You probably don't think that being in better health than an Olympic athlete is something you can easily achieve, but by adopting some simple ways to improve oral health, you'll be the one wearing the gold medal. A recent study by the London Eastman Dental Institute in the British Journal of Sports Medicine examined the oral health of London 2012 Olympic athletes and revealed that 55 percent had cavities, 76 percent had gingivitis (inflammation or infection of the gums) and 15 percent had periodontitis (inflammation or infection of the gums spreading to the ligaments and bone that support the teeth). Nearly half of these athletes had not received a dental examination or dental hygiene care in the previous year.
It was concluded that the oral health of these athletes was poor. Many of them felt it had a negative impact on their athletic performance and well-being.
The Right Tools for the Right Regimen
Practicing proper oral hygiene regimens and using the right tools are really important ways to improve oral health. The American Dental Association's (ADA) Mouth Healthy site recommends brushing twice a day with a soft-bristled brush and toothpaste to help remove food and plaque (a sticky film of bacteria that forms at the gum line and on the teeth). Correct brushing technique is to place the toothbrush at a 45-degree angle toward your gum line and gently move the bristles back and forth in short strokes. Make sure to brush the outer, inner and biting surfaces of all your teeth. Brush your tongue as well, or use a tongue cleaner. Use a toothbrush that fits comfortably in your mouth and a toothpaste containing active ingredients that can help protect you from specific problems, such as cavities, gum disease, bad breath, tartar buildup, stains or sensitivity; Colgate® Sensitive Pro-Relief in particular addresses sensitivity. The ADA also recommends including an interdental cleaner such as floss once a day as part of a daily routine for a healthy mouth.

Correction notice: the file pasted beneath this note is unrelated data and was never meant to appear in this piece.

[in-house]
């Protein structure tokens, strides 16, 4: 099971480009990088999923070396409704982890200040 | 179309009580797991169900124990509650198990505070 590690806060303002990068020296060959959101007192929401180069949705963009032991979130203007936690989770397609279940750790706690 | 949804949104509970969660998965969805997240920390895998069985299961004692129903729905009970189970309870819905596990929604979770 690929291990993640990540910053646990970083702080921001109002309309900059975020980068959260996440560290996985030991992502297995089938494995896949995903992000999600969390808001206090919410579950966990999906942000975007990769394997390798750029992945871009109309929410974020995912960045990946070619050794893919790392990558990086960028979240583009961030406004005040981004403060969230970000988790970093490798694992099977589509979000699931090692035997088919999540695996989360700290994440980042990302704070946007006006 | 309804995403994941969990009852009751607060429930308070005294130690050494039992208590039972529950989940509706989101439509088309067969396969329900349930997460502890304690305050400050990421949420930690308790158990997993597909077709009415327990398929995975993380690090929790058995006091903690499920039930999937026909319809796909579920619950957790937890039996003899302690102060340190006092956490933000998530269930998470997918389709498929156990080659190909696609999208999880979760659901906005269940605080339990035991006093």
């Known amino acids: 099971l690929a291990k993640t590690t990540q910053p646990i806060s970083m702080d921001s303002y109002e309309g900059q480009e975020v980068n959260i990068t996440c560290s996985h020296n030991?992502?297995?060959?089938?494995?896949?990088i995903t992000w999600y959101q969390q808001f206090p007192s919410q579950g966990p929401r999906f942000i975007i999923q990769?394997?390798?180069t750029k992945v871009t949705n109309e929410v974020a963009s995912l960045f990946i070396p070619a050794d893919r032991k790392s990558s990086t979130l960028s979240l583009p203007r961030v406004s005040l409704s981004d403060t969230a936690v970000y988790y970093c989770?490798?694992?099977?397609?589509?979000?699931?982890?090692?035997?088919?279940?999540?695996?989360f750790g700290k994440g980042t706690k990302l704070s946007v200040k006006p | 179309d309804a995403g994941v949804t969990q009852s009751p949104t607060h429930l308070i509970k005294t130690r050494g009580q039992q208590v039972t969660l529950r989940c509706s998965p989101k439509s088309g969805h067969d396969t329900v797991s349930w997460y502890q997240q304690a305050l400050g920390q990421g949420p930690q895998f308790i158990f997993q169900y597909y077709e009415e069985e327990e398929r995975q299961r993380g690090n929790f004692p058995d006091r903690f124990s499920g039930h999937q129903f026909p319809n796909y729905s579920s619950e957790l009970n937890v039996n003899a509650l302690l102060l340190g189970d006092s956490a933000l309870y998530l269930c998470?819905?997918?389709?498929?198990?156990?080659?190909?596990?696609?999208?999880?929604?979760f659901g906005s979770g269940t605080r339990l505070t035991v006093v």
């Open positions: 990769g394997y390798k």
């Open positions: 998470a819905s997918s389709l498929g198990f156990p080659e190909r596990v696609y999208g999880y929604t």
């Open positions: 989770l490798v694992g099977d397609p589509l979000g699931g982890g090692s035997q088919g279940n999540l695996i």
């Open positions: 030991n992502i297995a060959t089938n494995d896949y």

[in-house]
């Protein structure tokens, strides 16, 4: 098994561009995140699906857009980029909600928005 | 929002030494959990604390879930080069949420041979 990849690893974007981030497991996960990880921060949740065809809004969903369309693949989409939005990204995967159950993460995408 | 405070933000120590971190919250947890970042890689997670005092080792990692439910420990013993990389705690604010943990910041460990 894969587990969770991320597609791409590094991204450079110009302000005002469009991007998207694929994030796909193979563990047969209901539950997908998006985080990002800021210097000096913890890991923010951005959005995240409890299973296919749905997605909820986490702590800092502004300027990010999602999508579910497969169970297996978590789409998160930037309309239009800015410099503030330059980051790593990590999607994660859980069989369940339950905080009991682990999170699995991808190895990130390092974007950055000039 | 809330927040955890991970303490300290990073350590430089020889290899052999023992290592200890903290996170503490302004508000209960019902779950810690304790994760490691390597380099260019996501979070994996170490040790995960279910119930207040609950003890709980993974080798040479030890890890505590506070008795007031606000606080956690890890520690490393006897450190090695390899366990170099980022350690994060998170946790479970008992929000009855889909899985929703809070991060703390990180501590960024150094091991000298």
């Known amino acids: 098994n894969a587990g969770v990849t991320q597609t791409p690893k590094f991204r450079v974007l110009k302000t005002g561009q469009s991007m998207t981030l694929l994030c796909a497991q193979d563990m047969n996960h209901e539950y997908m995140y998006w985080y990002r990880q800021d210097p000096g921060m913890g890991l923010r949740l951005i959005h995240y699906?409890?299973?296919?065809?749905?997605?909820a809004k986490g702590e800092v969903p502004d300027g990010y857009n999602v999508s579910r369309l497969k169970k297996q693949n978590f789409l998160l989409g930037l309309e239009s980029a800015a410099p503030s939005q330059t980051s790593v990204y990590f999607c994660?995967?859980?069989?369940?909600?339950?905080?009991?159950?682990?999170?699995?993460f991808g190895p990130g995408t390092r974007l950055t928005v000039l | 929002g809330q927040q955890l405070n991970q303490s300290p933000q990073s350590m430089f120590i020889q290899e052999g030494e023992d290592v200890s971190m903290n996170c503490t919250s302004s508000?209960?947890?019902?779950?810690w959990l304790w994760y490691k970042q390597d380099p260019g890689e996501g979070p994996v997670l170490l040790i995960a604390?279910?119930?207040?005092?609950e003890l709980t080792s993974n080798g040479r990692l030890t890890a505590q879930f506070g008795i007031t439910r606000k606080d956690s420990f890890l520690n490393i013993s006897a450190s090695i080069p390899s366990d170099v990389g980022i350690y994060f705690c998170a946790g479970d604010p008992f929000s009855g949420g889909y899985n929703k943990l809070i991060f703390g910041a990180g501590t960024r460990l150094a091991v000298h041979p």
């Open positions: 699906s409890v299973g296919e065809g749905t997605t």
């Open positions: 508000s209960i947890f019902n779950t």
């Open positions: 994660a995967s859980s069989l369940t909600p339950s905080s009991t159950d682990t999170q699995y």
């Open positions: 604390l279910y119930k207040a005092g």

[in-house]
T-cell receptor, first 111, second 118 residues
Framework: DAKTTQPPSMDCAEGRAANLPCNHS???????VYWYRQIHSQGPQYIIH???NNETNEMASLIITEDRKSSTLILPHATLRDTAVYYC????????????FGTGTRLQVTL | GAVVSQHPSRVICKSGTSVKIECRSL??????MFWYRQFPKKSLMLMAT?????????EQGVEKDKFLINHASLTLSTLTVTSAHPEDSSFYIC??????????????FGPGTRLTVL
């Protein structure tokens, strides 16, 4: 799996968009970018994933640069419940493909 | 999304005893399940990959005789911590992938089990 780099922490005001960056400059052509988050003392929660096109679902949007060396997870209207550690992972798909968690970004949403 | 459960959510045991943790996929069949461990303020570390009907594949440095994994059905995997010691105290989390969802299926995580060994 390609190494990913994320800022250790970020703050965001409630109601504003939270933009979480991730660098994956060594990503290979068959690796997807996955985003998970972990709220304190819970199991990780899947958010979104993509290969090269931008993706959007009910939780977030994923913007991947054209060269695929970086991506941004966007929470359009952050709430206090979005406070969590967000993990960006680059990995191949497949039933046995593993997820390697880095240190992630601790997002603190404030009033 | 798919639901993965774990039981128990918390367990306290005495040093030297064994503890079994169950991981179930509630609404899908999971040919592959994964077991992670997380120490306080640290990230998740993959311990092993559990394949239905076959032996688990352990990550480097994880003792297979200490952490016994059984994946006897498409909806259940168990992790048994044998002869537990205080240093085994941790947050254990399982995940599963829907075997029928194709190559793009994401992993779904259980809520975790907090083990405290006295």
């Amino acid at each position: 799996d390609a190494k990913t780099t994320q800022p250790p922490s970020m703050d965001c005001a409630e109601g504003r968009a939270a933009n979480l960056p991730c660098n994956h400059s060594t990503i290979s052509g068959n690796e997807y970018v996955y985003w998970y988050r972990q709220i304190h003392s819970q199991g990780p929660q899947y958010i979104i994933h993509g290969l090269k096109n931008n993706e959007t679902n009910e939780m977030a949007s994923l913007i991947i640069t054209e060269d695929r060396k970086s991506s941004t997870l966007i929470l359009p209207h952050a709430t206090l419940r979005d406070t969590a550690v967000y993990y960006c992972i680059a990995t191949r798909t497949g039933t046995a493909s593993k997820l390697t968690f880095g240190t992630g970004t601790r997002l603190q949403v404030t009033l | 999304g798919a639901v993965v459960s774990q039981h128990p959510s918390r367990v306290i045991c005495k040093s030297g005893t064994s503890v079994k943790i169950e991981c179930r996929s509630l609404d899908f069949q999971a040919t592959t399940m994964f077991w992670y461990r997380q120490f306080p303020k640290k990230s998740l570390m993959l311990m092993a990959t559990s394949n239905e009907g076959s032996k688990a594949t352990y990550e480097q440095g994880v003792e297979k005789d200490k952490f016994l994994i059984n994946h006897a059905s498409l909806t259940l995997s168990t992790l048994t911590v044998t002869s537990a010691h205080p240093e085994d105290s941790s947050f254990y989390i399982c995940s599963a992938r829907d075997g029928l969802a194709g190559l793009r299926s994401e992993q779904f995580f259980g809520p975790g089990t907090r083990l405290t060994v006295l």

Other Ways to Improve Oral Health
Eat a balanced diet and limit sugary snacks and beverages. Consuming whole grains, low-sugar breads and cereals, fresh fruits and vegetables and high-quality protein such as that contained in lean meats, eggs, fish, cheese and dry beans are the best food choices for a healthy mouth. According to the ADA, fruits and vegetables should take up half of your plate, with the other half divided between whole grains, low-fat dairy products and lean protein foods. Fruits and vegetables are especially beneficial because chewing firm, coarse, watery and fibrous foods, such as broccoli, cauliflower, spinach, apples and lettuce, stimulates the flow of saliva, which facilitates the digestion of foods and reduces food retention in your mouth. Calcium-fortified tofu can be substituted for animal protein sources.
Regularly visit your dental office for oral exams and professional cleanings. You should go to your dental maintenance visits twice per year, but only your dental health professional can tell you how often you should have your checkup and professional cleaning based on your needs. If you're unsure how to clean your mouth properly, ask your dental health professional to show you the correct technique. If you are experiencing symptoms of disease such as bleeding gums or discomfort, do not wait for your regular checkup because it may be a sign of a problem that requires immediate attention.
Wear a mouth guard if you play a sport. Mouth guards help prevent injuries by cushioning blows to your lips, teeth and jaw when playing sports. Not every Olympic athlete takes the precaution, but a mouth guard is the best protection against getting your teeth broken or knocked out. There are many types of mouth guards, so you will need to ask your dentist to help you decide which type is right for you.
Olympic athletes are viewed as healthy. But what does it really mean to be healthy? Oral health is an important part of your well-being. When you take care of your body, your mouth should be included — and it's simple to do.
About the author: Dianne L. Sefo is a dental hygienist and dental hygiene educator. She has been involved in multiple publications, has worked in private practices in New York and Southern California, and has been a faculty member at Monroe Community College, Concorde Careers College — San Diego, and New York University.